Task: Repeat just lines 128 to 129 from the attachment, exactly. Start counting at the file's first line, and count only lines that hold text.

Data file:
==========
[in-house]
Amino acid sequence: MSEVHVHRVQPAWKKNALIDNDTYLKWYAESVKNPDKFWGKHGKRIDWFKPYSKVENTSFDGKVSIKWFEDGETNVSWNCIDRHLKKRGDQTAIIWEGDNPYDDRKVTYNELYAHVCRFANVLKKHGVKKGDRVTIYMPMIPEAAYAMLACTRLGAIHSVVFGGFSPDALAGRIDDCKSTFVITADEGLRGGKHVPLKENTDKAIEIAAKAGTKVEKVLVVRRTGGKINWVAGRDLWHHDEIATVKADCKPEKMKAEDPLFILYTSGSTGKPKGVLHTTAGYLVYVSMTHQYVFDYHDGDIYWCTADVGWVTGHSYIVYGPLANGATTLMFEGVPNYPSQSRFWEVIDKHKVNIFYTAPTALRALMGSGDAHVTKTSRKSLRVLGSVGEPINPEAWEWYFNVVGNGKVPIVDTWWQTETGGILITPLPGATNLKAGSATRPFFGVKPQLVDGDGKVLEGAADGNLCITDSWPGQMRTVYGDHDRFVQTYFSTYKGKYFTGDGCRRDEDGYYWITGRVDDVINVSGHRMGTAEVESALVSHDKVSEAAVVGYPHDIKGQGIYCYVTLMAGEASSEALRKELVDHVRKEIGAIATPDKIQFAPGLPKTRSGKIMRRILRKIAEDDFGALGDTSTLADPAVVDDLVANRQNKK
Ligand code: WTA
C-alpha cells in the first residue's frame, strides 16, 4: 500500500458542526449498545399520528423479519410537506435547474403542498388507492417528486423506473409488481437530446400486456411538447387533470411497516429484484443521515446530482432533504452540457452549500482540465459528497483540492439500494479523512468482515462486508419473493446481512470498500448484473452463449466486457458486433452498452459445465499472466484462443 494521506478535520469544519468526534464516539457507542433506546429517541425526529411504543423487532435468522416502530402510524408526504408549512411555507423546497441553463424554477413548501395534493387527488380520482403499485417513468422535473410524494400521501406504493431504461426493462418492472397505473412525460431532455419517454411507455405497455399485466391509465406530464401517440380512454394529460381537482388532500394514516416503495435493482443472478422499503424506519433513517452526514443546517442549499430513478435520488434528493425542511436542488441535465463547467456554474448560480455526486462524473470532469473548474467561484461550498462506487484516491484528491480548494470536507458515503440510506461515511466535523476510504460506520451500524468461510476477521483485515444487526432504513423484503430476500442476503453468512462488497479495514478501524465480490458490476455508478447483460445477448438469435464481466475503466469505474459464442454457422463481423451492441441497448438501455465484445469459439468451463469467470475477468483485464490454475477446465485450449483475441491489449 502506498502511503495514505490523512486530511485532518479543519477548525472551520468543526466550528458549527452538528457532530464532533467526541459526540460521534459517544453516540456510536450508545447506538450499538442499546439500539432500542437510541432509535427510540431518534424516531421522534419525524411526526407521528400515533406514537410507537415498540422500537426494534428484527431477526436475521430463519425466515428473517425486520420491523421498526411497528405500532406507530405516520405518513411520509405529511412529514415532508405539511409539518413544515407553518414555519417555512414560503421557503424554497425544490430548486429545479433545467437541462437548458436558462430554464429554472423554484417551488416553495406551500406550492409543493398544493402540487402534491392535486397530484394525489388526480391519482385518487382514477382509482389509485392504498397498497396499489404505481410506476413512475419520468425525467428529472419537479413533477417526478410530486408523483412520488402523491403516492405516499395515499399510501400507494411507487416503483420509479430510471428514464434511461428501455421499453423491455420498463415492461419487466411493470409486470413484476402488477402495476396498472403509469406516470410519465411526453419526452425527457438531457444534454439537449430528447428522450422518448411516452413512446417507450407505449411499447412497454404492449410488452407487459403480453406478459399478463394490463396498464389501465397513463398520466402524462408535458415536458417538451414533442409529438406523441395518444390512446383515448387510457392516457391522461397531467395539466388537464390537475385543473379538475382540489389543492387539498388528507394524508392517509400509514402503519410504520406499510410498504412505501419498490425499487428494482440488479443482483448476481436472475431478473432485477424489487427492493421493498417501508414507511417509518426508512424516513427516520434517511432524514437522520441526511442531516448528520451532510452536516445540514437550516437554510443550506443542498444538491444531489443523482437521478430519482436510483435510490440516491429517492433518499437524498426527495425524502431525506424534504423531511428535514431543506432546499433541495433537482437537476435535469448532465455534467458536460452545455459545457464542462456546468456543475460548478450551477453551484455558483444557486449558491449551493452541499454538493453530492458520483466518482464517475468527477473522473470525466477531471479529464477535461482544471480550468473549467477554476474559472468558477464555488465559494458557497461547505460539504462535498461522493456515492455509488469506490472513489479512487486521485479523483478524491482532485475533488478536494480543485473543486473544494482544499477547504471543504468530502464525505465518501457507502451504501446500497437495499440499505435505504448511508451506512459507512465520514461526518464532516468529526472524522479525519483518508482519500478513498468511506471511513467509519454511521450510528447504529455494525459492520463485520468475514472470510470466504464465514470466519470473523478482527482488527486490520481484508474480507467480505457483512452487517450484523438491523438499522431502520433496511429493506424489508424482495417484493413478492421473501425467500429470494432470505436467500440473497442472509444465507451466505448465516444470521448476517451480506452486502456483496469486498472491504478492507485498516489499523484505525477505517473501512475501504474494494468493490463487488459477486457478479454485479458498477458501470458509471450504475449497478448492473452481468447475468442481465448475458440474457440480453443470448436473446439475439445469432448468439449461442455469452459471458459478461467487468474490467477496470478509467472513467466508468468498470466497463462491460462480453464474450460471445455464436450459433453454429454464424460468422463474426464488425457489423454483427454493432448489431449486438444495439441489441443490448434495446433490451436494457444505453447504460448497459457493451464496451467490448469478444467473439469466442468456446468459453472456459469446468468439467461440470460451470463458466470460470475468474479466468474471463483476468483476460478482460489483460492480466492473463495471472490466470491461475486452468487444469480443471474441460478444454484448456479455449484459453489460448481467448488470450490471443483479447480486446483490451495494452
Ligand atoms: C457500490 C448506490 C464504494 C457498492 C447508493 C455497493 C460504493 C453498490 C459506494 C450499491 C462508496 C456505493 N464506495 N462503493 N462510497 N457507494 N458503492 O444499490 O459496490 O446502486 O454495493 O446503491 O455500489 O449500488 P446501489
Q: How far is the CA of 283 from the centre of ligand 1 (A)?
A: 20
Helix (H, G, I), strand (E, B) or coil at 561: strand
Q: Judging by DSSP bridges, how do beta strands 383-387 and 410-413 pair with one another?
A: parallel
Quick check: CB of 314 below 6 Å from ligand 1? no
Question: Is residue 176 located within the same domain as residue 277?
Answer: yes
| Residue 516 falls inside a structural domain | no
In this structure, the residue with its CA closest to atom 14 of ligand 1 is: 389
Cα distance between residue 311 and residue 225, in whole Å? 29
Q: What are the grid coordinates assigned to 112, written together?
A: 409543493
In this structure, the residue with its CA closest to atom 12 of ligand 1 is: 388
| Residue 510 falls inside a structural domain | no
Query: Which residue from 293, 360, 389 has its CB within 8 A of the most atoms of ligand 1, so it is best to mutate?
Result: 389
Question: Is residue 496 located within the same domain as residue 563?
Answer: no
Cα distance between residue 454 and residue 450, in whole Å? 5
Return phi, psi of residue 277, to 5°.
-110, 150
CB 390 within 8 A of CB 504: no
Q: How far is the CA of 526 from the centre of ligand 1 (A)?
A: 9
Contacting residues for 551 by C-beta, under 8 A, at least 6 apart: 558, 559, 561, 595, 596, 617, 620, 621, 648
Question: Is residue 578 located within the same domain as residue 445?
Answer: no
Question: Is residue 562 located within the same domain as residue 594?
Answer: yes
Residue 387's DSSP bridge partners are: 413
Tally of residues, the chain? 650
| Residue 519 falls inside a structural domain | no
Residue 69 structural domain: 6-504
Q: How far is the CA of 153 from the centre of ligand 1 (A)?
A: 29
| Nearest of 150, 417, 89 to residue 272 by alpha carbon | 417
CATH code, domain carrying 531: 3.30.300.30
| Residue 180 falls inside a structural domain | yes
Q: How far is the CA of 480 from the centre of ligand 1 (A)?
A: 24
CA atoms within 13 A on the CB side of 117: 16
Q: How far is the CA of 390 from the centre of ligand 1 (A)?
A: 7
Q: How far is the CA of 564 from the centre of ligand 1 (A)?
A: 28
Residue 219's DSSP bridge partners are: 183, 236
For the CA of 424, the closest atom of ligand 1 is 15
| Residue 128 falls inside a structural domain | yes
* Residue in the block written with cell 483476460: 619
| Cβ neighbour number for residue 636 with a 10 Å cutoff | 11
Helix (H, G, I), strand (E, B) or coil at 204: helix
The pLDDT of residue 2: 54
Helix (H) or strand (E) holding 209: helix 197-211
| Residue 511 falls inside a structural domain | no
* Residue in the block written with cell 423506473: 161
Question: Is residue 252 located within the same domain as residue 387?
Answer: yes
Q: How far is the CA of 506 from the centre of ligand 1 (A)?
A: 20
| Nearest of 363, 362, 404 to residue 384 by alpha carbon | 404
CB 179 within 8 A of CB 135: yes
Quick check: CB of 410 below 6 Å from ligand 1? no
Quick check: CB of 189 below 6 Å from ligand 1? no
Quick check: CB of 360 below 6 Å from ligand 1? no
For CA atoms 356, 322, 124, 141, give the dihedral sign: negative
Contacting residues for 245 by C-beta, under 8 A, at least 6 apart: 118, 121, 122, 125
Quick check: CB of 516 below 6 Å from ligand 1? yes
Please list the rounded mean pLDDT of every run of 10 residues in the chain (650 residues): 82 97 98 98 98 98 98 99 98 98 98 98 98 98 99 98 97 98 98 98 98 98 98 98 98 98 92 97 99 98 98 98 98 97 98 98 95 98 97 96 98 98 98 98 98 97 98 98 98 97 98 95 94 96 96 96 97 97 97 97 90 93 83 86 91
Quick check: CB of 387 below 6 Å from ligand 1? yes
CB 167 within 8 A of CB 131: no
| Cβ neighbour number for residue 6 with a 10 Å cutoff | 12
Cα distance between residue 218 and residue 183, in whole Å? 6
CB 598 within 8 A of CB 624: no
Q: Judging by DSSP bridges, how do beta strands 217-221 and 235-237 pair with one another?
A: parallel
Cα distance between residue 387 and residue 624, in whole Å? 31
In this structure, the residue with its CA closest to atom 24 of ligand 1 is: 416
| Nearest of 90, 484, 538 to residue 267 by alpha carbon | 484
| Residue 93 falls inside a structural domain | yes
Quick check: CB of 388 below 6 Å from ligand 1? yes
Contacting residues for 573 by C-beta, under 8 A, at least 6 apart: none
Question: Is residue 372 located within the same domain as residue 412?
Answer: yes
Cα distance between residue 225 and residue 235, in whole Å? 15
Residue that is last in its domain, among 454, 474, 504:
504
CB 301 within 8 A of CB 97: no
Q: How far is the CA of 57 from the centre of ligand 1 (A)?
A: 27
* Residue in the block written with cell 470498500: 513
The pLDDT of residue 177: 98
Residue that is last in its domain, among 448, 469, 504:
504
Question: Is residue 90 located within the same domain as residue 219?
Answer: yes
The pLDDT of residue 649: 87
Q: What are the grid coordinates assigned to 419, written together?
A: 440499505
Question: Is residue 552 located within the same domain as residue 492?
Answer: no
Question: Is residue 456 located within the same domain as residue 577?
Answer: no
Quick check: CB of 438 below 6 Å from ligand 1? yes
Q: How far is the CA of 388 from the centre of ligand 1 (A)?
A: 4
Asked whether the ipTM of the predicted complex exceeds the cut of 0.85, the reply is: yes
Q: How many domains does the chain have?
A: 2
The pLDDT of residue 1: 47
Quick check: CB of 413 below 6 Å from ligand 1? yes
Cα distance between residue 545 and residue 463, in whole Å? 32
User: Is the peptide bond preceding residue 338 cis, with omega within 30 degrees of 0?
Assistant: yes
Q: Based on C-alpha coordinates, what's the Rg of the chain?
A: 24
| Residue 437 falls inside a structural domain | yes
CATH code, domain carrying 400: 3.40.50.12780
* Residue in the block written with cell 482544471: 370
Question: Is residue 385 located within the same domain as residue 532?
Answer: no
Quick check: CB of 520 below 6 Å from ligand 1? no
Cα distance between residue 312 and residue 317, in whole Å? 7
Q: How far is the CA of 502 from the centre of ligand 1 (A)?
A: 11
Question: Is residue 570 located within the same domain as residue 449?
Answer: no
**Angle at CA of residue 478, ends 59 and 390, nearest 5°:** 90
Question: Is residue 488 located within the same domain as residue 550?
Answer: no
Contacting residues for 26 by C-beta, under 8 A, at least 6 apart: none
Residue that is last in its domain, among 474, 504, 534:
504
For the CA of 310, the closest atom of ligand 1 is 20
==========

Cα distance between residue 312 and residue 317, in whole Å? 7
Q: How far is the CA of 502 from the centre of ligand 1 (A)?